"[Chat apps] are increasingly evolving into advertising networks, games platforms and other services," Macquarie analysts, led by David Gibson, wrote in a report.
This is particularly the case with the Asian messaging services, which have placed more emphasis on revenue generation by enriching basic chat functionality, with payment services, game centers and sticker stores.
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"Asian chat apps are not just messaging services but evolving to full social services that are encroaching on existing social network(s)," they added.
On top of these additional services, increased revenue will come from advertising. "We think chat apps could help accelerate the shift to mobile advertising as they shift to monetization," Macquarie said.
Line: an underappreciated app
Macquarie says the earnings potential for Line – Japan's most popular messaging app – remains "underappreciated."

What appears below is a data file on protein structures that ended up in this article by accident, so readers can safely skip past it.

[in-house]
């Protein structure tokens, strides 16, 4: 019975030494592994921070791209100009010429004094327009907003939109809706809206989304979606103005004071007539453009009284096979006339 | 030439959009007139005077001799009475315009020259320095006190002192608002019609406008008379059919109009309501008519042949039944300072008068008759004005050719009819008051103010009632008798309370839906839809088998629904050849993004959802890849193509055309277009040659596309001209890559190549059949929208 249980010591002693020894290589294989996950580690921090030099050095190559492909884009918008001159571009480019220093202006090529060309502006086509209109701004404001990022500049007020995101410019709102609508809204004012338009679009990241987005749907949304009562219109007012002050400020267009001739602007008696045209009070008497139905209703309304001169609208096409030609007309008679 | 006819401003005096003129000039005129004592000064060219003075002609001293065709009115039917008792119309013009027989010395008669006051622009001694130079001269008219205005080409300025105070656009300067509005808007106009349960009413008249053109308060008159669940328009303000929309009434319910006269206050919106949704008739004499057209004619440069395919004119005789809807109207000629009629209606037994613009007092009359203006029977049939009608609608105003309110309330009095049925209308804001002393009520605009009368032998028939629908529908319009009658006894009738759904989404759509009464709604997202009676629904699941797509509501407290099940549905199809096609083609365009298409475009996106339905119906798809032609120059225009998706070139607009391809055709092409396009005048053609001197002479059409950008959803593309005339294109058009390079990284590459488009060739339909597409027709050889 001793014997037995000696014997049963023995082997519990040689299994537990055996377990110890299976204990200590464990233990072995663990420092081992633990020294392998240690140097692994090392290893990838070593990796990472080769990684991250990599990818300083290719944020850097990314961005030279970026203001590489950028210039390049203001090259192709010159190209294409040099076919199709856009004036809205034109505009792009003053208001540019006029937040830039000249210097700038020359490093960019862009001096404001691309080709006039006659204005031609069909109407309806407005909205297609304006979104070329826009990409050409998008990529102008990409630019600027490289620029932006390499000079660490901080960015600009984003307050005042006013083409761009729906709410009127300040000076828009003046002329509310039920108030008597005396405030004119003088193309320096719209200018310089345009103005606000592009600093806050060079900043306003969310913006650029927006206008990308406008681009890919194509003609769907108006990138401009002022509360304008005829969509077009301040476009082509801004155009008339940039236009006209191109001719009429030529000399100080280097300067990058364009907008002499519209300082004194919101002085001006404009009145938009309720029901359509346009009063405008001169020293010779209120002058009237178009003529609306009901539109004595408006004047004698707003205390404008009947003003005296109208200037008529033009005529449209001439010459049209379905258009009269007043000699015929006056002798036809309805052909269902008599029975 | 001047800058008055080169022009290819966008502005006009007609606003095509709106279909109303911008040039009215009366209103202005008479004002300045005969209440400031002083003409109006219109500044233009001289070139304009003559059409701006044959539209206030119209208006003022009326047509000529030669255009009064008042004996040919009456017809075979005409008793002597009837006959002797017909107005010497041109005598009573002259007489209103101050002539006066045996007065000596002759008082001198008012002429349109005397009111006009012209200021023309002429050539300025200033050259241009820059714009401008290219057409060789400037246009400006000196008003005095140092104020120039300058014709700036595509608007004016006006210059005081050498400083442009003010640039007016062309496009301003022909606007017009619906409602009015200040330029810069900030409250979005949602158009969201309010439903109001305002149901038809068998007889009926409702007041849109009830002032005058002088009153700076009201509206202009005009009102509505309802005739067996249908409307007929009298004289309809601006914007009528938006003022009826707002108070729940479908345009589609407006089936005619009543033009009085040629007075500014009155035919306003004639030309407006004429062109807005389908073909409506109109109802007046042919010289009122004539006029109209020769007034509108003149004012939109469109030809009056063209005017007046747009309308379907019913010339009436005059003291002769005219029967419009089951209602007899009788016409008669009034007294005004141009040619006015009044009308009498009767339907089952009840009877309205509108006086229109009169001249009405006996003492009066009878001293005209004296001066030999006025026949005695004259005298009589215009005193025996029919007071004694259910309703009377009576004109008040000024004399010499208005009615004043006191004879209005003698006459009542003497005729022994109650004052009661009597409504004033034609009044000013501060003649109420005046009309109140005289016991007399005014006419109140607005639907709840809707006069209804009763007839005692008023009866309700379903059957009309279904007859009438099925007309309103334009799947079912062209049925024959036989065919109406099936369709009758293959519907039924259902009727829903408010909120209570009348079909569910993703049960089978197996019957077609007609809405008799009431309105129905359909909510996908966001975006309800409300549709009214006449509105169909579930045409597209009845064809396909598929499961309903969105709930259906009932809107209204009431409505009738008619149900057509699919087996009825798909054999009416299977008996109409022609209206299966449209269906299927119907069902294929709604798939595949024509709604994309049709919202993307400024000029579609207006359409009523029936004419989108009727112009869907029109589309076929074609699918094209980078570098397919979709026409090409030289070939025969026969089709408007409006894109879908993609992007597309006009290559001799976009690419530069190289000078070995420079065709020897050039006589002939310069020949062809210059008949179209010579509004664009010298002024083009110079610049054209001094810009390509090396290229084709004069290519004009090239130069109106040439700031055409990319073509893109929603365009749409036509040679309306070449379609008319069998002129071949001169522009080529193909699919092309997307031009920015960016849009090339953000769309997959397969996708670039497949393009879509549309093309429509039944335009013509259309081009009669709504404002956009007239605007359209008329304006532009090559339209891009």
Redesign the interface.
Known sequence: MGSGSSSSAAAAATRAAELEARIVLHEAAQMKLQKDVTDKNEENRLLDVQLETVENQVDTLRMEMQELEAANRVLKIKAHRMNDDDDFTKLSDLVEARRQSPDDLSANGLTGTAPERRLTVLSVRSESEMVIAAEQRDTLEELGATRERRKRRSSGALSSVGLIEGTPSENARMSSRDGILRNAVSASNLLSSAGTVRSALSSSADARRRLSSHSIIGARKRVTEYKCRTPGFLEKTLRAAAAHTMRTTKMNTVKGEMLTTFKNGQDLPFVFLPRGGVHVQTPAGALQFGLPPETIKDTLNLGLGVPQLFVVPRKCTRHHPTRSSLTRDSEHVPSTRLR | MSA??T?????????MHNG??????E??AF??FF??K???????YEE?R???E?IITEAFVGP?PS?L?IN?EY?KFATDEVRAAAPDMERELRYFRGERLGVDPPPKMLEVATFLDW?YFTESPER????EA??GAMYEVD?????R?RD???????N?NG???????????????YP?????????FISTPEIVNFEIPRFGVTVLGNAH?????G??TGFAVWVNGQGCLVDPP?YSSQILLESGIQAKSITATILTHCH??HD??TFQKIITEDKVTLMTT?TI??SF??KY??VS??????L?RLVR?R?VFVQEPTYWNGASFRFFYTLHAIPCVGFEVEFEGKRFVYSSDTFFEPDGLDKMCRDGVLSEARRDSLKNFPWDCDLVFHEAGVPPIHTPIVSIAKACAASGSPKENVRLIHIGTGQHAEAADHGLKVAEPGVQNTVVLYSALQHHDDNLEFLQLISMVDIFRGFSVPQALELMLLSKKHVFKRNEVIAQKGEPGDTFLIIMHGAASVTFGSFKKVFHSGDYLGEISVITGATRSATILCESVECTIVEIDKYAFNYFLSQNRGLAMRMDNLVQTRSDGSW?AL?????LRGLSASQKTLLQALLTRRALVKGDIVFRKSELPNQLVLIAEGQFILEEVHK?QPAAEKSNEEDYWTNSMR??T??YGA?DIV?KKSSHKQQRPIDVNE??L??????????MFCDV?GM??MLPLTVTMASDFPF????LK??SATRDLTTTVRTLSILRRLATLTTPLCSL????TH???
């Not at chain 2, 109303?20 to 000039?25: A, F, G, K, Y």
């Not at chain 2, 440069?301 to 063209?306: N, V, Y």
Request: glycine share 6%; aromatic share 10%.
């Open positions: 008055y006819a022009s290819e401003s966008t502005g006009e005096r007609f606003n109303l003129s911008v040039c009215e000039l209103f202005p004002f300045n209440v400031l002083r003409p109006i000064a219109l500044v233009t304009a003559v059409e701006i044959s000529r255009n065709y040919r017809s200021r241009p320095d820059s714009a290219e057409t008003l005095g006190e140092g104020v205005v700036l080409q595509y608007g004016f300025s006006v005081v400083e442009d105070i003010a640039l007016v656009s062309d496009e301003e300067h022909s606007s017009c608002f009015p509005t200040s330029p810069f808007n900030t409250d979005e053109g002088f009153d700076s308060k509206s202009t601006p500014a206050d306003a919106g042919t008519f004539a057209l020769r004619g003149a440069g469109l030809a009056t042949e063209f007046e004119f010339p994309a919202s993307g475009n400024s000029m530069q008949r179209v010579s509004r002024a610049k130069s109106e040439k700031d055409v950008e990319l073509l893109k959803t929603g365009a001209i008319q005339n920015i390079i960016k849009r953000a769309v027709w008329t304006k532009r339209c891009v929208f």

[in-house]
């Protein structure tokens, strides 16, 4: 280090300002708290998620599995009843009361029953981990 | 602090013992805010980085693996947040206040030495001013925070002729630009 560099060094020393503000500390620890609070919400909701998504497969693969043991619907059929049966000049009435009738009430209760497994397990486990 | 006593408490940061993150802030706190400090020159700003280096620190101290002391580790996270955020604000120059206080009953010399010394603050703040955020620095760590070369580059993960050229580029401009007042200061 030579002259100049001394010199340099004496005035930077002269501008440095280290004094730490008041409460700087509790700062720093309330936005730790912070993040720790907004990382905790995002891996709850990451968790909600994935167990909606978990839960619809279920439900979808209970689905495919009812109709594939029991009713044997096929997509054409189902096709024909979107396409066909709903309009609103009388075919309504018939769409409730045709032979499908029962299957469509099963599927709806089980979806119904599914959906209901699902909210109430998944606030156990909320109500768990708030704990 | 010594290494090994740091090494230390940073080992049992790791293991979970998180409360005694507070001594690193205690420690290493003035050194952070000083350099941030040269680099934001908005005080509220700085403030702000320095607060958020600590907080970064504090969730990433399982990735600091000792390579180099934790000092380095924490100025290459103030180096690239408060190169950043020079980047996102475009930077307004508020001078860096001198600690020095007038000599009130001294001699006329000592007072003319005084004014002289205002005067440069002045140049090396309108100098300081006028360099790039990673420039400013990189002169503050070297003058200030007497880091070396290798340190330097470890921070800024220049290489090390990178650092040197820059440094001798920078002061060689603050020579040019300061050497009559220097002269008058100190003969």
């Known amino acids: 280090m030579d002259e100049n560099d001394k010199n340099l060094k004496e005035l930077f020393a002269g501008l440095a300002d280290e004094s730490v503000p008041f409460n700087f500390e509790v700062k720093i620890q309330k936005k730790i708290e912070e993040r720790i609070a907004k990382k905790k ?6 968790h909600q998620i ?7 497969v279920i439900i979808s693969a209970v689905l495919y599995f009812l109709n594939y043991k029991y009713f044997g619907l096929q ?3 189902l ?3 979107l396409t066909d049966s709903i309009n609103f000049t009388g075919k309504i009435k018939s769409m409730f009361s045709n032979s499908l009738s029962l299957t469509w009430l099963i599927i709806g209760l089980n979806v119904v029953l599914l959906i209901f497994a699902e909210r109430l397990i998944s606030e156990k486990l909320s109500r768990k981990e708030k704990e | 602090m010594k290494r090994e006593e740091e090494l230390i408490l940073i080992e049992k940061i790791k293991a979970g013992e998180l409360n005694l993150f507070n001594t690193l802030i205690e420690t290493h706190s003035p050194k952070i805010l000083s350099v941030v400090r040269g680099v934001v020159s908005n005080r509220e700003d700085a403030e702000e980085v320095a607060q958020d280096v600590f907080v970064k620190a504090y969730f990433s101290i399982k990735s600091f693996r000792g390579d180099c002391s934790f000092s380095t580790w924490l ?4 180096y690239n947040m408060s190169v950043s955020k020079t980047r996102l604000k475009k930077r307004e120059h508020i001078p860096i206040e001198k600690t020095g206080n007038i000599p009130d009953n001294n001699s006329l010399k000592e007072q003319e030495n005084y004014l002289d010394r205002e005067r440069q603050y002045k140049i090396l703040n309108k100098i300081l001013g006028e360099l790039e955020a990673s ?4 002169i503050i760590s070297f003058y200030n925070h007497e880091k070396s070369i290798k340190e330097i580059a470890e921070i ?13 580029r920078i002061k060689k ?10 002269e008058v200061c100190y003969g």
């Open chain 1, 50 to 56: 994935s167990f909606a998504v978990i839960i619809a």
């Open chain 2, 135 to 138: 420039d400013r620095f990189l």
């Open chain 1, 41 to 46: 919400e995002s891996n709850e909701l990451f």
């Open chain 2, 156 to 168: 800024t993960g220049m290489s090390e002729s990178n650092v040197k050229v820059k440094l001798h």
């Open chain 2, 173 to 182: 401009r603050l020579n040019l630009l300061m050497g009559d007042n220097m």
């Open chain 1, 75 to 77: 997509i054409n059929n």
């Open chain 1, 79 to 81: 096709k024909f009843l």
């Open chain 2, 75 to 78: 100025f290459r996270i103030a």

"Line has the biggest revenue opportunity of the chat apps from a games/advertising perspective because its… home base of Japan is the largest mobile games market in the world and because 85 percent of its user base is outside Japan, which could be monetized," the bank said.
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Line, which had led the push towards monetization, brought in around $335 million in revenue last year, according to Reuters. By 2017, the bank estimates it will generate $2.2 billion.
"Line in particular is not sitting still with its offering and continues to expand the services that are offered next to the core messaging service like manga, utilities, radio, ecommerce (C2C,B2C), calls and sponsored accounts (like on Twitter)," the bank said.
This will pose an interesting challenging for WhatsApp, which has vowed not to resort to advertising or games to drive revenue, on top of its annual $0.99 fee.
Analysts expect the Facebook-owned messaging service could add functionality around voice, video, potentially payments to ramp up monetization over time, instead.
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"We believe these expanding services are pushing into Facebook's realm and beyond and hence WhatsApp may struggle stay relevant to its users," the bank said.
—By CNBC's Ansuya Harjani. Follow her on Twitter